This is pretty wild: investing/betting on US civil lawsuits via a crypto-token.

Apparently this is already an industry, but now... on a blockchain? The article talks a lot about 'opening access to anyone', but then also talks about vetting cases and only allowing accredited investors for the first year(s)?

The bar is set high, the line is thin, and the short term incentives don't always line up... but I think everyone here will agree that building censorship resistant that actually work will be of huge benefit.

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This is a good read:

Easy reaction is 'LOL ETH', but I think its worth thinking about the points made, in relation to bitcoin infrastructure as well.

eg, as much as many of you probably love building your own node from source, what portion of people out there are capable *and* willing to do so? Some of the 'easy-node' projects are great in this regard. For example, I've seen Umbrel praised by MANY people.

World champion disc golfer Ricky Wysocki just signed a new sponsor deal worth $1 million USD per year for the next few years. The deal also included a signing bonus of $250k USD worth of 👀

turns 13 years old tomorrow. Should we expect some angsty teenage years ahead?

Sending wire transfers would be much less stressful if any of the required pieces of data included checksums (account numbers, SWIFT codes, etc).

Bank employee:
"Make sure you quadruple check every number and letter, any single error will send your money into the abyss"

"It really doesn't have to be this way"


This is an interesting analysis of 'web3.0' architecture, it attempts to put some numbers on the cost of computation when using in particular. As you might guess, the results are kinda hilariously bad in terms of relative cost. This *should* limit use-cases for on-chain computation substantially.. but seems to be the new bLoCkcHaIn buzzword.

Relevant XKCD comic:

Some interesting bits:

- OP_RETURN txs accounted for 22% of all txs made during the timeframe investigated (32.4 million/147.6 million).
- about 98% of these were Veriblock or OMNI txs
- about 98% of OMNI txs were tether-related
- the authors noted ~6700 RSK txs, which paid zero(!) fees
- some of the discussion section is interesting, regarding relative fee-rates, stewardship of block-space, etc, of OMNI, VB, and some other protocols. Food for thought on efficient use of blockspace, at least.

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Interesting article investigating the use of OP_RETURN on the network:

This is kind of funny:

"We downloaded all blocks mined during this period (block heights 541,306 to 610,681) via the Smartbit Bitcoin Block API"

I guess the API's output is more easily parsed, but still, the bitcoiner's kneejerk reaction has to be "why didn't you run a node and verify this data yourself?"

I find it interesting how cathartic it is to be a user, considering how most people just look at the historic price volatility and decide that owning bitcoin is too stressful/high risk for them.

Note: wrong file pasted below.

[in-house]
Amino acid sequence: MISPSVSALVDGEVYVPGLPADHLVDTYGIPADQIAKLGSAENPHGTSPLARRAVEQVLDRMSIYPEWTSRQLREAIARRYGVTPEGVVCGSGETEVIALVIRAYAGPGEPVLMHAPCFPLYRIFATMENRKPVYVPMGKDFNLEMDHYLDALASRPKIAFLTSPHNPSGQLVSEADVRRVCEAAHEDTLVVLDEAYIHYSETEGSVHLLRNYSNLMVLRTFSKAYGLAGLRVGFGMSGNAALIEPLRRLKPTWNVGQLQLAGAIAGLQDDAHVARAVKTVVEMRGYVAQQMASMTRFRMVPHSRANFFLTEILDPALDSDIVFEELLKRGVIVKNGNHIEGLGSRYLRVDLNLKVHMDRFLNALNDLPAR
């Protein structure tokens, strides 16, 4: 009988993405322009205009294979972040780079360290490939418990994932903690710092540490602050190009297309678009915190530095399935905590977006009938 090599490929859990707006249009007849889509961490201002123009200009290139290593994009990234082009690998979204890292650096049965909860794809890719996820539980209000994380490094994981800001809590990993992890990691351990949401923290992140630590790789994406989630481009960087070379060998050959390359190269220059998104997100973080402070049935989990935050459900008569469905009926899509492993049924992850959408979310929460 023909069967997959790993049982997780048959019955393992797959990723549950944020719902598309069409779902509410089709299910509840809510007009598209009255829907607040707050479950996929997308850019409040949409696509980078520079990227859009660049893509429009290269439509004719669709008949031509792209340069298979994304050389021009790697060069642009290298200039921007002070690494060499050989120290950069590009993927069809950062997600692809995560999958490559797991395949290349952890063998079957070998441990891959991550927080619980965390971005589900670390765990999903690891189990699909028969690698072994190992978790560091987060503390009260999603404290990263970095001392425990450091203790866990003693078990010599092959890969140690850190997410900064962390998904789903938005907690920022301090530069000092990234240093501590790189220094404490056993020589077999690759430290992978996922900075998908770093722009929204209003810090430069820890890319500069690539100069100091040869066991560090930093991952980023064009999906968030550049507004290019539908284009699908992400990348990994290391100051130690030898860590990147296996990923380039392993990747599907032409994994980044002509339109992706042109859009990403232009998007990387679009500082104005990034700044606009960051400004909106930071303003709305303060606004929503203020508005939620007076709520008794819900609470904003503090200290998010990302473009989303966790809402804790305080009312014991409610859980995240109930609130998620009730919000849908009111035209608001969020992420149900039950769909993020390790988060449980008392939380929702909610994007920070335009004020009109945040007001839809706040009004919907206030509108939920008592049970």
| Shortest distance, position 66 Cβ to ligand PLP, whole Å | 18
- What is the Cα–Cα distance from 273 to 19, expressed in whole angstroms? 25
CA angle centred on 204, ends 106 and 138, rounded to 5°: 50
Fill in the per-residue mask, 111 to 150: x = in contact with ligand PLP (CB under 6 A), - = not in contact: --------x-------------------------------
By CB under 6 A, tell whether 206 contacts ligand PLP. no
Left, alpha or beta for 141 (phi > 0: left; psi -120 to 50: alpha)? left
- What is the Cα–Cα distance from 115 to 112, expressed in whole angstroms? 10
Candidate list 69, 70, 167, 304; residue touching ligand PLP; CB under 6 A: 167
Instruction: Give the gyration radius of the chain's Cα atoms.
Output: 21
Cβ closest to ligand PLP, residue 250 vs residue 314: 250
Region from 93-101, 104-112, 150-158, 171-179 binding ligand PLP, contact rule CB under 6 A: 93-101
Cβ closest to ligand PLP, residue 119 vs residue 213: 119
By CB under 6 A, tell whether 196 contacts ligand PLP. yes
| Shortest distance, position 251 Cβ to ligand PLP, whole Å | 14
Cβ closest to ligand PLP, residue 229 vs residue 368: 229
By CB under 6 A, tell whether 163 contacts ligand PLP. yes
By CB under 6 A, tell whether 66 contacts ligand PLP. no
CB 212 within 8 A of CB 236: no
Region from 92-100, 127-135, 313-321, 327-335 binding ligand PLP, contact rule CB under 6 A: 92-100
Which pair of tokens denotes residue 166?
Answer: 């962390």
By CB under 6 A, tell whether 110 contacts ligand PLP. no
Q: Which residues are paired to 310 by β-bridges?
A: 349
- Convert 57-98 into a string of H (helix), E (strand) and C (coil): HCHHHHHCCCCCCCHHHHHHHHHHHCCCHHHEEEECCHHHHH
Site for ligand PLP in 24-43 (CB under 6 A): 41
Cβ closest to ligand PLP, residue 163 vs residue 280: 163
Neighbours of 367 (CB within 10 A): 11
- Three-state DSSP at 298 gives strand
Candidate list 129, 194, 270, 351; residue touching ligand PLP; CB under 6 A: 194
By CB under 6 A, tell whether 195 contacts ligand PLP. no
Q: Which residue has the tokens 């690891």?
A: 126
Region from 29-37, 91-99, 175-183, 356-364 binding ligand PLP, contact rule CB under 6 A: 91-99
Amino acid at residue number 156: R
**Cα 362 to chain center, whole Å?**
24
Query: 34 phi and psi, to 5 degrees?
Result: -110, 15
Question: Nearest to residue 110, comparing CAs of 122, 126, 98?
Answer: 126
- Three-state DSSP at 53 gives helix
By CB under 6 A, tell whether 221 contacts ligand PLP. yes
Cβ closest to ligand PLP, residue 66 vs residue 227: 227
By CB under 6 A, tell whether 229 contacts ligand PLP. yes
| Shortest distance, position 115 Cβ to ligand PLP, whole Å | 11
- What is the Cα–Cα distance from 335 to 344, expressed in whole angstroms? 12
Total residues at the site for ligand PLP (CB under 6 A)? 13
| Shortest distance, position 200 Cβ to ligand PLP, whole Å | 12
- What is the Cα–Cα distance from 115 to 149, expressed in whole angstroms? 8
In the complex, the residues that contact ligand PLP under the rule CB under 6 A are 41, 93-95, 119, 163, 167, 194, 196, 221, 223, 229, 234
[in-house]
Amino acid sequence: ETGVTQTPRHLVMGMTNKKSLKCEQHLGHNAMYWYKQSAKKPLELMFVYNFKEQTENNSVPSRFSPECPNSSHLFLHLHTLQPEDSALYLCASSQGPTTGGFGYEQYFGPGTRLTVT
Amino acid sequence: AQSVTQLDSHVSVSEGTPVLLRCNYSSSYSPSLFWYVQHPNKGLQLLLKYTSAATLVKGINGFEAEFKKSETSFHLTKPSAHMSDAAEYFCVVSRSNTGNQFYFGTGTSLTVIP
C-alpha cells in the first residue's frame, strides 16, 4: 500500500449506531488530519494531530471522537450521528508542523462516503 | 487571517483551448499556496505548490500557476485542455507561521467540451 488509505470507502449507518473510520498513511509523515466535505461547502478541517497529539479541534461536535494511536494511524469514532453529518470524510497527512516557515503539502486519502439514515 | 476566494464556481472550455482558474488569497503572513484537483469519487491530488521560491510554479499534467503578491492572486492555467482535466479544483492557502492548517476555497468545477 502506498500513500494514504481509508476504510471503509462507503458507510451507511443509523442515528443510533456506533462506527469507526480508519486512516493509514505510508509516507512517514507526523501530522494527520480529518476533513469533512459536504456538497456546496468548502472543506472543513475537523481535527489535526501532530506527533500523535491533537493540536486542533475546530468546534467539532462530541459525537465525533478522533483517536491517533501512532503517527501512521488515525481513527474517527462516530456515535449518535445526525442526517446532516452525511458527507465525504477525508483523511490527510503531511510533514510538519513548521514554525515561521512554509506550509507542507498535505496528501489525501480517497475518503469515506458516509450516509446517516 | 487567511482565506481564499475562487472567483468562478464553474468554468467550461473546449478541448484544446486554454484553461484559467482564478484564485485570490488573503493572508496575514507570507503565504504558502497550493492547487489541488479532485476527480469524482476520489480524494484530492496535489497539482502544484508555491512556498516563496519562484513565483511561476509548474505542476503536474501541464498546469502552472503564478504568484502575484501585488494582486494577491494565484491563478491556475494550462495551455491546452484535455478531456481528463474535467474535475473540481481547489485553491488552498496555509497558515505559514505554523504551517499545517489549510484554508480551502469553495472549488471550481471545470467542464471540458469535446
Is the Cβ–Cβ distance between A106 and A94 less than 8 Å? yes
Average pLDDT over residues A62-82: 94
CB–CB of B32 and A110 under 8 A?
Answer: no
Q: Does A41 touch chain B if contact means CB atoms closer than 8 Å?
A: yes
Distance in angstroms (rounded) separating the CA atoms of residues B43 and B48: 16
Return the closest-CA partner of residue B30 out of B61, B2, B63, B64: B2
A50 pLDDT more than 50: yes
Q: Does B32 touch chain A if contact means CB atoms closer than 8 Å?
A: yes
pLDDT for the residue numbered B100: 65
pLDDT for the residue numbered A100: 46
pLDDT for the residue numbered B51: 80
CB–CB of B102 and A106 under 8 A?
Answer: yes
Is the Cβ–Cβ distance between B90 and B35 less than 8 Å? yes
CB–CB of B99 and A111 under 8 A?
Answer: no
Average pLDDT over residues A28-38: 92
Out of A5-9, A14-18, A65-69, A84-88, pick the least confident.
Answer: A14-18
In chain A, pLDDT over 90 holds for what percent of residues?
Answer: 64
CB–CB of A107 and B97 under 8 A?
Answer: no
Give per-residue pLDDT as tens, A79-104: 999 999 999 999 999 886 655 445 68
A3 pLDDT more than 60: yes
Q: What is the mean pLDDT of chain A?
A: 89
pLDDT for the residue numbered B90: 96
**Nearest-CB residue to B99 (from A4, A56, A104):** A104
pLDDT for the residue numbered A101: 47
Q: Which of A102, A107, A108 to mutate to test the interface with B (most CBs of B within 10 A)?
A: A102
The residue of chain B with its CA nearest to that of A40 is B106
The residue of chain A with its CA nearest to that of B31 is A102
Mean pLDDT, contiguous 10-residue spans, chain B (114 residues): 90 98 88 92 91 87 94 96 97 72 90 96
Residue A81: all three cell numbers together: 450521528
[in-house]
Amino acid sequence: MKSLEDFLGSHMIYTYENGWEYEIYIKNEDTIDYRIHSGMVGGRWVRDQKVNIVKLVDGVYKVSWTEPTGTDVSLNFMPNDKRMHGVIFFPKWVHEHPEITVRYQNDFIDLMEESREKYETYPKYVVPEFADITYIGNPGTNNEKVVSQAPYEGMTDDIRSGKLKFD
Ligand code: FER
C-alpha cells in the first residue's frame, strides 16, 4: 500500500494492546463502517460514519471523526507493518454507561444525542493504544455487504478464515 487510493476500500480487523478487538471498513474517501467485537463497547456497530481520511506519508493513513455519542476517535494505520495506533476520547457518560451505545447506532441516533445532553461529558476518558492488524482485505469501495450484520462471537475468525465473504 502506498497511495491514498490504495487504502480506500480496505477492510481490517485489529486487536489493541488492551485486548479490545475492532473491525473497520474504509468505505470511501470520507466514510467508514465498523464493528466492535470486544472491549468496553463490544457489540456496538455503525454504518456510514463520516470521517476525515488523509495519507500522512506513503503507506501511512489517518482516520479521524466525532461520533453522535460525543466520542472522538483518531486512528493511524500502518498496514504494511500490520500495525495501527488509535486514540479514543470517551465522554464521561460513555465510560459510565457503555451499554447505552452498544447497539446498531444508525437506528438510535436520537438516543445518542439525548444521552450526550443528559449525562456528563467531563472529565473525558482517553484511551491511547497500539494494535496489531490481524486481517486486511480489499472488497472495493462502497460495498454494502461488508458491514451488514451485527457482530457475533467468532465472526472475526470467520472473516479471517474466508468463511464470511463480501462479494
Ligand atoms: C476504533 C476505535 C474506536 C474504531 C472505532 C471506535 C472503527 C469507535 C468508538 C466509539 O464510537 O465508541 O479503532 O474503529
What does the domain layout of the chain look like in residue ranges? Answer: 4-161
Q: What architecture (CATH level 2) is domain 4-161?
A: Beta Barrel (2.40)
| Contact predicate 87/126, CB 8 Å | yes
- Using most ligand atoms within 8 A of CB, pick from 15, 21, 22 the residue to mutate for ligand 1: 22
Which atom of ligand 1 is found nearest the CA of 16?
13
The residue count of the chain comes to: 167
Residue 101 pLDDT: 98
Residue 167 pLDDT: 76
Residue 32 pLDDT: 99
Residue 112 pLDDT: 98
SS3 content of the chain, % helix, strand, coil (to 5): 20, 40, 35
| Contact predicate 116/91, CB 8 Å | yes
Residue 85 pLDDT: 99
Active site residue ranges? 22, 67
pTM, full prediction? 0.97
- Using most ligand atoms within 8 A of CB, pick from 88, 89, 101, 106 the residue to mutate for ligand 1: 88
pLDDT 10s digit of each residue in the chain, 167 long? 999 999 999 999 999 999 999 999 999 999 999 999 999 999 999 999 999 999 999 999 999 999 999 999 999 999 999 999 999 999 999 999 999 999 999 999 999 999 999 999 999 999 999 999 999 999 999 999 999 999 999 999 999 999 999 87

Once you adjust your time preference and gain a vision for the sort of liberation bitcoin may bring, you realize that bitcoin isn't stressful, its stress relief.

I'm baffled by this:

I find it absurd, to really believe that creating so much complexity and friction to put a bandaid on proof of stake's shortcomings as a censorship-resistant consensus mechanism will be *more efficient* than just utilizing proof of work in the 1st place!

^This article explains the 'specialized anti censorship magic' mentioned in the above. Still wrapping my head around it, maybe I'll have more thoughts later.

Is there a good formula to determine the ‘speed of finality’ for a tx/block?

At base, it would be measured in ‘value/time’, as determined by the block rewards/block interval. But I feel like that is maybe an incomplete picture, for example a high degree of MEV could cause instability at the chain tip, resulting in slower finality ‘guarantees’, no? How would you account for that, is it reasonable to just subtract (some portion of?) the potential MEV from the block rewards? What else?

Hello new people! And also old people that are back once again. Good to see the fediverse growing, I think its a good fit for bitcoiners

Is this true, is withholding user funds unless over-the-top KYC is submitted?

I mean, I would already never, ever recommend using their wallet software, but its still sad to see this sort of abuse of customers become more widespread.

Interesting question on stack exchange:

I don't understand eltoo well enough to know the answer, but my thought is that if watchtower services become common place, it would be 'bad for business' to close customer channels in any case. Not the most bullet proof assumption, but perhaps situationally appropriate?

Maybe a better question: what incentives could a watch tower have to behave in this way?

One of my nodes runs on a very old macbook pro. That machine is now too old to update the OS, and thus xcode, and thus some libraries/dependancies... and thus... Shill me your favourite linux builds! (that I could load onto this 2008 macbook pro, preferably). Or should I look at openBSD? Or something else? Open to suggestions.

I forgot that bitcoin-core dropped the '0.' from the start of the version number. Just spend far too long hunting through git tags trying to figure out why I wasn't pulling the latest version. Aaahhhhh lol

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